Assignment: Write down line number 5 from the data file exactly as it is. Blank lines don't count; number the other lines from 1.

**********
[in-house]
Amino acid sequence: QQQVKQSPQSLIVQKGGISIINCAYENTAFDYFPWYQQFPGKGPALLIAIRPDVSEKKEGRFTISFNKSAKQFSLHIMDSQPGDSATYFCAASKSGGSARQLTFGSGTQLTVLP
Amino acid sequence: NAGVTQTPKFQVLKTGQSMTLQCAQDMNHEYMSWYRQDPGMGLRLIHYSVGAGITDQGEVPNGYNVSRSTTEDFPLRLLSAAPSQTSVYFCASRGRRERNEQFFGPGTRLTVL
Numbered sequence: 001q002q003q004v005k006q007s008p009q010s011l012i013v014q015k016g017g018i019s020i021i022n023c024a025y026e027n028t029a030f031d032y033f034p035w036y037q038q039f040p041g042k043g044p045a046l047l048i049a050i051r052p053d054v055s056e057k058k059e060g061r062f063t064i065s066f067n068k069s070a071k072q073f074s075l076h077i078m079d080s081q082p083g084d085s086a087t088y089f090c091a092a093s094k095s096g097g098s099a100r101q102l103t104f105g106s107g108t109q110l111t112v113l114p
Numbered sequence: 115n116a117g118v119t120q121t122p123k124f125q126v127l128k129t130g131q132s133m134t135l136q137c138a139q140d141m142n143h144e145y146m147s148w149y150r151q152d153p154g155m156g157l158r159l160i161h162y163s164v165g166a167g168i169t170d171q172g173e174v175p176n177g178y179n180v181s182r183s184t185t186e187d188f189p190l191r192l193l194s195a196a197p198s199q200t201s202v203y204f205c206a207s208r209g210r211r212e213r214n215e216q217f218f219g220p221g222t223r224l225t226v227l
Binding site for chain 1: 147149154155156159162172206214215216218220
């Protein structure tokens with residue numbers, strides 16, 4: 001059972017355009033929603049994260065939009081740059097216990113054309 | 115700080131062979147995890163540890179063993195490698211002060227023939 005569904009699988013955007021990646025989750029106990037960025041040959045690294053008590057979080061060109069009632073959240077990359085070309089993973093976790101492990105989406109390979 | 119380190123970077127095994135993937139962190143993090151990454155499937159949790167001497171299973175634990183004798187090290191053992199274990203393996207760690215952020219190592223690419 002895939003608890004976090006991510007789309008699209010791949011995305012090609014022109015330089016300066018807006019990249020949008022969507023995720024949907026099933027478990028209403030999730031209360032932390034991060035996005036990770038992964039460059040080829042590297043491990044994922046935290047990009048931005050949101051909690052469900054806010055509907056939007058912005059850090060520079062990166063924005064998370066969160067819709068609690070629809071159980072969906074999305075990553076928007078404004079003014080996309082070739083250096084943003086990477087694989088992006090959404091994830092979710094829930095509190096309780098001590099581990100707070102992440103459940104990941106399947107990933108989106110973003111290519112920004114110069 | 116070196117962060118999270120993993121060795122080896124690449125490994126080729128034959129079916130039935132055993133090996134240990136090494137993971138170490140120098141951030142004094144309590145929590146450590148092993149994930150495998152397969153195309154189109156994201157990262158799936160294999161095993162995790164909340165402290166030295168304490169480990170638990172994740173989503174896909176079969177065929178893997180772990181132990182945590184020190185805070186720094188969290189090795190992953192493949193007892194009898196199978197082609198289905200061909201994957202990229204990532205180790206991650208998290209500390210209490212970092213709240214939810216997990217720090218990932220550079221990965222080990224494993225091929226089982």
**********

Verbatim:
Numbered sequence: 115n116a117g118v119t120q121t122p123k124f125q126v127l128k129t130g131q132s133m134t135l136q137c138a139q140d141m142n143h144e145y146m147s148w149y150r151q152d153p154g155m156g157l158r159l160i161h162y163s164v165g166a167g168i169t170d171q172g173e174v175p176n177g178y179n180v181s182r183s184t185t186e187d188f189p190l191r192l193l194s195a196a197p198s199q200t201s202v203y204f205c206a207s208r209g210r211r212e213r214n215e216q217f218f219g220p221g222t223r224l225t226v227l